Limit orders, unlike market orders, can be filed for execution throughout the pre-market, regular, and after-hours trading sessions. Limit orders are valid for execution only during that specific electronic trading session (7:00 a.m. – 9:25 a.m. ET for pre-market or 4:05 p.m. – 8:00 p.m. ET for after-hours sessions) and expire at the conclusion of that session if they haven’t been filled or canceled. Limit orders during the ordinary trading session (9:30 a.m.-4:00 p.m. ET) on the other hand, enable the trader to specify the period.


Day limit orders expire at the conclusion of the current trading session and are not carried over to after-hours trading. The expiration date is determined by each broker-dealer. Traders should thus use caution during pre-market and after-hours trading periods, since liquidity seldom equals that of the normal market session. But don’t worry, since our automated stock trading system has you covered—you can easily execute this order.


Why would a trader consider placing a limit order?

  • Price ceilings/price floors: The ability to set a price ceiling on a buy or a price floor on a sell is very useful when trading turbulent and/or fast-moving markets or sparsely traded assets.
  • Pre-market and after-hours sessions: Limit orders allow traders to engage in these extended-hours trading sessions because market orders cannot be executed during pre-market or after-hours sessions. Furthermore, limit orders issued for the standard exchange trading session allow the trader to choose whether the order should be active only for the current day or carried over to future standard trading sessions.


Stop Order

A stop order, also known as a stop-loss order, is a trading order used to restrict, and so protect an investor’s loss on a position. A stop order sells a stock when it reaches a specific price. Although a stop order is typically linked with a long position, it can also be utilized with a short position. In such a situation, the stock will be acquired if it moves over the stop order price.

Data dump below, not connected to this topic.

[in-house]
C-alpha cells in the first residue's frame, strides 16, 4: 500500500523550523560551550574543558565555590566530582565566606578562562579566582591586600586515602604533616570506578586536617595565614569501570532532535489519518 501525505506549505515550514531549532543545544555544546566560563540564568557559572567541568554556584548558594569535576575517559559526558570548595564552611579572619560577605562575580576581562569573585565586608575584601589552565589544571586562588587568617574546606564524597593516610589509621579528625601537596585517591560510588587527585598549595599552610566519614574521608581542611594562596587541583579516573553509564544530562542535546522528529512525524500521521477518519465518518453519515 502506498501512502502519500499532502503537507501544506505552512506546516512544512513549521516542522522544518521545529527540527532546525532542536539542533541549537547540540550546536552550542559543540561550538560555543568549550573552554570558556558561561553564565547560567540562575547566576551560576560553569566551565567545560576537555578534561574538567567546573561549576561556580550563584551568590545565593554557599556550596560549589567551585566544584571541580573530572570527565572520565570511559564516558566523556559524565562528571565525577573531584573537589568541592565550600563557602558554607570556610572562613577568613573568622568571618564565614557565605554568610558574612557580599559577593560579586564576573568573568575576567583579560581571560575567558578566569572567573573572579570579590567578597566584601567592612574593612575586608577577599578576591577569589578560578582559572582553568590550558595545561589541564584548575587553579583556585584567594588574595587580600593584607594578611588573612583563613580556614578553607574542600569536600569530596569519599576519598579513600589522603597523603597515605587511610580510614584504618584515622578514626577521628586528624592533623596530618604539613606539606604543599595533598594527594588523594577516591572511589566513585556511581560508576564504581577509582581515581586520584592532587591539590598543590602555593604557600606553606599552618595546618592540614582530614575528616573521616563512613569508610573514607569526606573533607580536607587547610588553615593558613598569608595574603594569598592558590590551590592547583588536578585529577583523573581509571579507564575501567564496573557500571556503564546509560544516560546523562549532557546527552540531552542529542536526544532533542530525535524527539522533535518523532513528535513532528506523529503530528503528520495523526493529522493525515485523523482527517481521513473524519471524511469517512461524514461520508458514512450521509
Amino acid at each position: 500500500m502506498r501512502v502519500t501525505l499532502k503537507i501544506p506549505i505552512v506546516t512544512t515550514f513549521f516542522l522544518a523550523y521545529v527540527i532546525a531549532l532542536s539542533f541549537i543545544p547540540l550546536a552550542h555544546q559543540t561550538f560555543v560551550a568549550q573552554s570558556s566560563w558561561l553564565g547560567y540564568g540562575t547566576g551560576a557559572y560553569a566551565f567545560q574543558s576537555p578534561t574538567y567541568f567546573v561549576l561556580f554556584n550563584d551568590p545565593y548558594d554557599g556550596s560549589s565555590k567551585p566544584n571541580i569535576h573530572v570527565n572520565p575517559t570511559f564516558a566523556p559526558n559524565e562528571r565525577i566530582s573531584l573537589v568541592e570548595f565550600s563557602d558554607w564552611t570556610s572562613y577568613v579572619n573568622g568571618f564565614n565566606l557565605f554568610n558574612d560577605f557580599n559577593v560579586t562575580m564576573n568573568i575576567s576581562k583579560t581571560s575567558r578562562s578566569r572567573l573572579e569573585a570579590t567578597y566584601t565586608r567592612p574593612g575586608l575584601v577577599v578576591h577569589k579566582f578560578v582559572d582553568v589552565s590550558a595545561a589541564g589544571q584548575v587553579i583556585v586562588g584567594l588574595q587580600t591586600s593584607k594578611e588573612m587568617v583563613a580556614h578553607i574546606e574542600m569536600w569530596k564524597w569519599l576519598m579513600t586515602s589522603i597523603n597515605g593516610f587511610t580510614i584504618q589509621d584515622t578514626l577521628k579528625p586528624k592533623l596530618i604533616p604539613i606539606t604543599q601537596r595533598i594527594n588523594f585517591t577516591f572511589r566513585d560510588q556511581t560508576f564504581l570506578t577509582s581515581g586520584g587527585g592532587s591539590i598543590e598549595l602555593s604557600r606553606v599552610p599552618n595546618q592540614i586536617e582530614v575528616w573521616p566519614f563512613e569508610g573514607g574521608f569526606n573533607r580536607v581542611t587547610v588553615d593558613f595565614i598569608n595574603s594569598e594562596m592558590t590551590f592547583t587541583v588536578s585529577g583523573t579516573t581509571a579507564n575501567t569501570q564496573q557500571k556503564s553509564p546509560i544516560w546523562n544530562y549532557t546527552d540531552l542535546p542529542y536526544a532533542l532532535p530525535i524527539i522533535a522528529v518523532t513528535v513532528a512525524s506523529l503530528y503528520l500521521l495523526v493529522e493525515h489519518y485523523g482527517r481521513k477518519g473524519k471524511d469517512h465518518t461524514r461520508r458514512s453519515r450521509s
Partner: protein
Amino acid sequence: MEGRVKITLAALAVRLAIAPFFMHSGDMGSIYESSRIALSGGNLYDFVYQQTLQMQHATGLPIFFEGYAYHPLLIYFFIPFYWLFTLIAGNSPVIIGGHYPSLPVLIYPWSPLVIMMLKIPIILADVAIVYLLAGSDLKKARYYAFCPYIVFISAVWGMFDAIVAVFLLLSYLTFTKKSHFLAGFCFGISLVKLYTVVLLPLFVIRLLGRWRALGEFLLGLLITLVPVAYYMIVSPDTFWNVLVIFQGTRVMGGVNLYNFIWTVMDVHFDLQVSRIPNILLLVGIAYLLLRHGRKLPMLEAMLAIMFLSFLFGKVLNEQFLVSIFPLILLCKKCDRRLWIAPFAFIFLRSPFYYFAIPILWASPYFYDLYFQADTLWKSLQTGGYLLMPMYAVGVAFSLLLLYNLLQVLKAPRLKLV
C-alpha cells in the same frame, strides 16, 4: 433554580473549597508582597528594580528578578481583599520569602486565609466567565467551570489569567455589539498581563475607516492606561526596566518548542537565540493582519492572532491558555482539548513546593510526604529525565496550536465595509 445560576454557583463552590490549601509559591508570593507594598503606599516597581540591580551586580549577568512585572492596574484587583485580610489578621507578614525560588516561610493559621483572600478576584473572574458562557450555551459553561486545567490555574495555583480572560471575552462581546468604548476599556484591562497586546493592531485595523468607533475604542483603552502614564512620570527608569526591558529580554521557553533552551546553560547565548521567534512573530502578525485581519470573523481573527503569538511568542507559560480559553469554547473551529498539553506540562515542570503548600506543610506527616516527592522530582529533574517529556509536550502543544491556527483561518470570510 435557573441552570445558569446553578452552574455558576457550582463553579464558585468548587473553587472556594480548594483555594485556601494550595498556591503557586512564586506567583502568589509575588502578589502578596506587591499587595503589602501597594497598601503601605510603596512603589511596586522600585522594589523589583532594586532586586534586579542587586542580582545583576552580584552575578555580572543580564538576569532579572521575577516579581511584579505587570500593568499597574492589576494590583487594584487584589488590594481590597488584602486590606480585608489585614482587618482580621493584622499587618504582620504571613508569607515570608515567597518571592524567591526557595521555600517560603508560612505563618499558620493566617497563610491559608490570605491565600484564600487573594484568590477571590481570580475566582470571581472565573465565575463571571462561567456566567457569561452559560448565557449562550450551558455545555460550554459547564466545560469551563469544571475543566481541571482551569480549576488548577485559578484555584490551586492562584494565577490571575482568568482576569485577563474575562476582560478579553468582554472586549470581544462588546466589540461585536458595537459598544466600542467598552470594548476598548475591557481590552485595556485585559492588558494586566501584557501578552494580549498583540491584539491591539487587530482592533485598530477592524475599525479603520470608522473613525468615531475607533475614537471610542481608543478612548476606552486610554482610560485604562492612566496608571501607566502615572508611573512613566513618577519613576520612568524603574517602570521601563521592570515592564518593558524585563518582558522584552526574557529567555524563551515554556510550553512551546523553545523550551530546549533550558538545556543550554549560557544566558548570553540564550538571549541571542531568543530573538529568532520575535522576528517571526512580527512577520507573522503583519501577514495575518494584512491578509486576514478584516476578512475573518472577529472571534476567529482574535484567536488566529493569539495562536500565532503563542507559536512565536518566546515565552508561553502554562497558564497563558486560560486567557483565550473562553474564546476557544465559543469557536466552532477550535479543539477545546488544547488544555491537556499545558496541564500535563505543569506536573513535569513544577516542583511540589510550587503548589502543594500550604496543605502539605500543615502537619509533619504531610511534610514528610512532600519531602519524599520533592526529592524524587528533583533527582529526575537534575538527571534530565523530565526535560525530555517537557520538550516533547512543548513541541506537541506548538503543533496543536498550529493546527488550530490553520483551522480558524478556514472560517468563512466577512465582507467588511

When a stop order is put on the order book, it is delivered to the execution venue and remains there until the stop activates, expires, or is canceled by the trader.


When a stop order is activated, it becomes a market order, which usually results in an execution. However, no exact execution price or price range is guaranteed—the resultant execution price might be above, at, or below the stop price. As a result, traders must carefully decide when to use a stop order.


The following execution and eligibility features apply because stop orders result in the filing of a market order:

  • Stop orders will only be activated during the regular market period, which begins at 9:30 a.m. till 4 p.m. ET. Stop orders will not be executed or take effect during extended-hours periods, such as pre-market or after-hours trading, or when the stock is not trading. This is simple to execute as auto trading systems are available to aid you.
  • Despite the fact that stop orders only activate during the typical market session, traders can choose whether the stop should only be effective for the current market session or carry over to future market sessions. 



If you’re looking to invest in the stock market, it’s important to understand the different types of orders and how they can affect your portfolio. By encouraging our readers to reach out to us with any questions they may have, we can help them make smart investment choices, and you may also consider having this Trade Warrior Bundle, which will undoubtedly be your finest companion in stock trading.